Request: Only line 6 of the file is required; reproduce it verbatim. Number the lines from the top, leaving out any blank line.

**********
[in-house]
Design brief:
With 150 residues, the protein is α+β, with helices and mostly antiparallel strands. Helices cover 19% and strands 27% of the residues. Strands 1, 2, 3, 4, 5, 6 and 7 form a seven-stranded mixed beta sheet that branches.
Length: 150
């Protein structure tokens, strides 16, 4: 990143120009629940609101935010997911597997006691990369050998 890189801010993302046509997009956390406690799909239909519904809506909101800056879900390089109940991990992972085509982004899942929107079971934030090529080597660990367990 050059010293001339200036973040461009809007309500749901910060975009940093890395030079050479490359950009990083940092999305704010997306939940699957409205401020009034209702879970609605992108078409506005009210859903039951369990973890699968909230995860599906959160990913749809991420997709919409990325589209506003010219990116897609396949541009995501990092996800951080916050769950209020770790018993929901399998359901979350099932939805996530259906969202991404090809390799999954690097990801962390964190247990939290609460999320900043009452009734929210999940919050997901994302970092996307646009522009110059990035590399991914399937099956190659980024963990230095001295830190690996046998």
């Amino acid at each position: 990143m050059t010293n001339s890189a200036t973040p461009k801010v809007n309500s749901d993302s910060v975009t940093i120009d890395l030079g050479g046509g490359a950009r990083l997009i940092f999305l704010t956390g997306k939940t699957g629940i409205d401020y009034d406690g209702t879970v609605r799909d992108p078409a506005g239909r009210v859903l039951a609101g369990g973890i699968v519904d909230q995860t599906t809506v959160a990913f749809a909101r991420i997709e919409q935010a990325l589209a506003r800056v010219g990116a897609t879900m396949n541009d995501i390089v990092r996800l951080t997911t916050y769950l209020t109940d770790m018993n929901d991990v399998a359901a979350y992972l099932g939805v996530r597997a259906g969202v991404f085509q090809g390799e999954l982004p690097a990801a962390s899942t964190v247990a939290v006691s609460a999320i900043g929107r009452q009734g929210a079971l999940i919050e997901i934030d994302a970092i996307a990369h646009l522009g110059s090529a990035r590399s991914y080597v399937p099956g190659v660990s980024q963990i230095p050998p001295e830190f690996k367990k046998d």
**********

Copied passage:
């Amino acid at each position: 990143m050059t010293n001339s890189a200036t973040p461009k801010v809007n309500s749901d993302s910060v975009t940093i120009d890395l030079g050479g046509g490359a950009r990083l997009i940092f999305l704010t956390g997306k939940t699957g629940i409205d401020y009034d406690g209702t879970v609605r799909d992108p078409a506005g239909r009210v859903l039951a609101g369990g973890i699968v519904d909230q995860t599906t809506v959160a990913f749809a909101r991420i997709e919409q935010a990325l589209a506003r800056v010219g990116a897609t879900m396949n541009d995501i390089v990092r996800l951080t997911t916050y769950l209020t109940d770790m018993n929901d991990v399998a359901a979350y992972l099932g939805v996530r597997a259906g969202v991404f085509q090809g390799e999954l982004p690097a990801a962390s899942t964190v247990a939290v006691s609460a999320i900043g929107r009452q009734g929210a079971l999940i919050e997901i934030d994302a970092i996307a990369h646009l522009g110059s090529a990035r590399s991914y080597v399937p099956g190659v660990s980024q963990i230095p050998p001295e830190f690996k367990k046998d």